Congress rejected Reagan’s request for more aid to the contras. Cut off, the administration turned to an illegal effort, already established, to sell arms to Iran and use that money to fund the contras. It was a program that, when exposed in 1986, became one of the biggest political scandals of the 20th century.
An expert in Latin American history, Dr. MacMichael saw the Nicaragua episode as just one more in a long list of attempts by the United States to exert its will over the region.
“We are, in a very real sense here, dealing with an obsession, and it is not one limited to the current administration,” he said in a 1985 speech. “The United States is used to wielding absolute power in Central America.”
David Charles MacMichael was born on June 6, 1926, in Albany, N.Y., and raised in Leonia, N.J. His father, Charles MacMichael, worked for the H.J. Heinz company, and his mother, Gertrude (Mahood) MacMichael, was a homemaker.
David enlisted in the Marine Corps out of high school, in 1946, and served two years before enrolling at Hampden-Sydney College in Virginia on the G.I. Bill. He graduated in 1952 with a degree in history, and immediately went back to the corps, this time as an officer.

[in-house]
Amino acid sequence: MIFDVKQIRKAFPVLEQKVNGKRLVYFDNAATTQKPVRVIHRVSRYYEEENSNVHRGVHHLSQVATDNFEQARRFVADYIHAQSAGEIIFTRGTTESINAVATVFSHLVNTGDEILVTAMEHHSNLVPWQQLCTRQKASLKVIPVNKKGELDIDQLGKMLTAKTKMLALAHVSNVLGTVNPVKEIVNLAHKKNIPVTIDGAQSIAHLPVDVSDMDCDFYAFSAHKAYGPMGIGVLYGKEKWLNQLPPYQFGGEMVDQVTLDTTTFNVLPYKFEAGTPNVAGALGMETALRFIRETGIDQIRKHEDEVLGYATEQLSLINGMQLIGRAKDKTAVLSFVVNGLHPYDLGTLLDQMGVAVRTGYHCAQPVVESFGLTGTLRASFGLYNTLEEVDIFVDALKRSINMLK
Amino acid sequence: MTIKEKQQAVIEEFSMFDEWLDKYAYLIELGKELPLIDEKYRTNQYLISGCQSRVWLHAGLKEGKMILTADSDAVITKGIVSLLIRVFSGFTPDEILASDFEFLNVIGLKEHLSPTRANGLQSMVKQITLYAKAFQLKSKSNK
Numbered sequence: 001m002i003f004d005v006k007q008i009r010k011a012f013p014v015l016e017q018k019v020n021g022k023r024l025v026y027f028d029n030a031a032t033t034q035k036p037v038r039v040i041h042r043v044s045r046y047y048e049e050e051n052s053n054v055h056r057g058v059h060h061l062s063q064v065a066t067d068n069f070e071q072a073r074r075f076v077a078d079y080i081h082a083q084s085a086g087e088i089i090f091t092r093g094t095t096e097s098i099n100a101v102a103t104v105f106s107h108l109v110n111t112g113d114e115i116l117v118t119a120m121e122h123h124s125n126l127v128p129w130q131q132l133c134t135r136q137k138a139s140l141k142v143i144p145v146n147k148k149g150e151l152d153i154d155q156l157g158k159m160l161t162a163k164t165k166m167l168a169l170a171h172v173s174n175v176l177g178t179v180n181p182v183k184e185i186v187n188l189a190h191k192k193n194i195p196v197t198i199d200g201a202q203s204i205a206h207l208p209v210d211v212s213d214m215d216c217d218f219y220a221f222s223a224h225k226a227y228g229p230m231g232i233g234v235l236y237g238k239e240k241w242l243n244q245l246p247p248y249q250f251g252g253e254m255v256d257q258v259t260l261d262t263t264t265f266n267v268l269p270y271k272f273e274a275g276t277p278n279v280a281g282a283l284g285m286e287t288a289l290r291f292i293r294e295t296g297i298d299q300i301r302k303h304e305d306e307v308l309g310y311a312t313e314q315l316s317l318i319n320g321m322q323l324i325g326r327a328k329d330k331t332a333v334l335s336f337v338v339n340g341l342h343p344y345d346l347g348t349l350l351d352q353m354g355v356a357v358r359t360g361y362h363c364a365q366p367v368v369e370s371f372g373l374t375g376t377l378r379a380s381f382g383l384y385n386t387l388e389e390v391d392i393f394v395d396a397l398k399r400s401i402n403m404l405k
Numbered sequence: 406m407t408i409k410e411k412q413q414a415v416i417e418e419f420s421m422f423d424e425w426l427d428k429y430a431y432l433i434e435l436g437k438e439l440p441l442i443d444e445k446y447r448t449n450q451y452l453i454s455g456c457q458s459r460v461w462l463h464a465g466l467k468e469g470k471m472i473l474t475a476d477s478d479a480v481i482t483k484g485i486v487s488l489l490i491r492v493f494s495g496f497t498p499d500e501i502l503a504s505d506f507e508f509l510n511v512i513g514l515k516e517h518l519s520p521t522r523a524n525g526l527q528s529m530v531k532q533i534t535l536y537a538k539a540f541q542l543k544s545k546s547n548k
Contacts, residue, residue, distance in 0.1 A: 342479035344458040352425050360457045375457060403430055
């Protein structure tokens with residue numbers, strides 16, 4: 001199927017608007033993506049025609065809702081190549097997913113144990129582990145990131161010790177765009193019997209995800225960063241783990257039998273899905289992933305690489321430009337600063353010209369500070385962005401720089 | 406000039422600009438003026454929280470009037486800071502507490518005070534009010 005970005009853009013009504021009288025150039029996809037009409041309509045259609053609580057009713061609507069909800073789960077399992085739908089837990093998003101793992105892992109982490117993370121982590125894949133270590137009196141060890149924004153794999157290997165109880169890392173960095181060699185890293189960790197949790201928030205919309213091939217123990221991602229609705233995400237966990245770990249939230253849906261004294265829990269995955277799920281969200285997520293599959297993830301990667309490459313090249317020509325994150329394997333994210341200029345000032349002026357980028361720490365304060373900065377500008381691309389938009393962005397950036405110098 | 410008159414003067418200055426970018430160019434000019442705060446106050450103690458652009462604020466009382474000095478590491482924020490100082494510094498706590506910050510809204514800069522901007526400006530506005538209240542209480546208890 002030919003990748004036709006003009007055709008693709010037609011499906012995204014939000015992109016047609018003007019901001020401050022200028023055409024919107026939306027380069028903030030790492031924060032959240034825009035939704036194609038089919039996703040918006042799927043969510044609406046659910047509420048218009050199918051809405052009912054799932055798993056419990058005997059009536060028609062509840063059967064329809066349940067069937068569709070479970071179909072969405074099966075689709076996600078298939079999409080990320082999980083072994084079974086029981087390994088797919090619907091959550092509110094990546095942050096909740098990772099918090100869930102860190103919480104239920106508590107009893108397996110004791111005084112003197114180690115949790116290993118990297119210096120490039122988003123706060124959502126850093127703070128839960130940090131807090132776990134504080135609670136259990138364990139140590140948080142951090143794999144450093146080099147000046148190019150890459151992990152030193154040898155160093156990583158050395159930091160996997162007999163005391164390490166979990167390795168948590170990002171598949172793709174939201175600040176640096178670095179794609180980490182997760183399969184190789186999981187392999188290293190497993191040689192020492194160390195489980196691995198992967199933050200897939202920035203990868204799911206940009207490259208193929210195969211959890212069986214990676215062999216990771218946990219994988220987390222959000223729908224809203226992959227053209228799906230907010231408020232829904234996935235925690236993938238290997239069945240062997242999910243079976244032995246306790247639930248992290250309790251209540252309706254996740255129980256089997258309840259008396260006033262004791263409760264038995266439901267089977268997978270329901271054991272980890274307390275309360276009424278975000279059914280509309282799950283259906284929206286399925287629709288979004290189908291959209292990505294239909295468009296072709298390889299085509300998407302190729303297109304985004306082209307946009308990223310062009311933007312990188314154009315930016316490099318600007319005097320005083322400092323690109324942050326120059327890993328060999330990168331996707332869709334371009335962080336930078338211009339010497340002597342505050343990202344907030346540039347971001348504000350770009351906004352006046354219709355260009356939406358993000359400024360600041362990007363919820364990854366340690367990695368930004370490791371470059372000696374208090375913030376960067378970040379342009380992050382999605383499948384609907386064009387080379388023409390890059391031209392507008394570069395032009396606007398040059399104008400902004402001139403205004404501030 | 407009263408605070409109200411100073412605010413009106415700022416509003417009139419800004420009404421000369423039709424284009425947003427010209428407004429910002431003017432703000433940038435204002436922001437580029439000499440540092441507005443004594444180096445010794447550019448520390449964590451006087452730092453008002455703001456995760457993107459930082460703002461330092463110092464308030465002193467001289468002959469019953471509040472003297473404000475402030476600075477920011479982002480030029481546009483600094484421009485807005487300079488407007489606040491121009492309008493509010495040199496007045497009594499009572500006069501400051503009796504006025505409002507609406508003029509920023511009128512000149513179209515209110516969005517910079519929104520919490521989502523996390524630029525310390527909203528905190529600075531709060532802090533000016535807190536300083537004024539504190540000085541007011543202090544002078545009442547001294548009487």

The Marines sent him to Korea, where in 1953, during the final weeks of the war, he was seriously wounded in a mortar attack. He spent more than a year recovering, then returned to service once again, this time to be trained as an expert in counterinsurgency.
He married Martha Ostrander in 1953. They later divorced. He married Barbara Jentsch, a journalist, in 2003. In addition to his daughter Alicia, his wife survives him, as do his brother, Charles MacMichael; his sister, Joann Marsh; another daughter, Stephanie Kolkka; and his son, John MacMichael.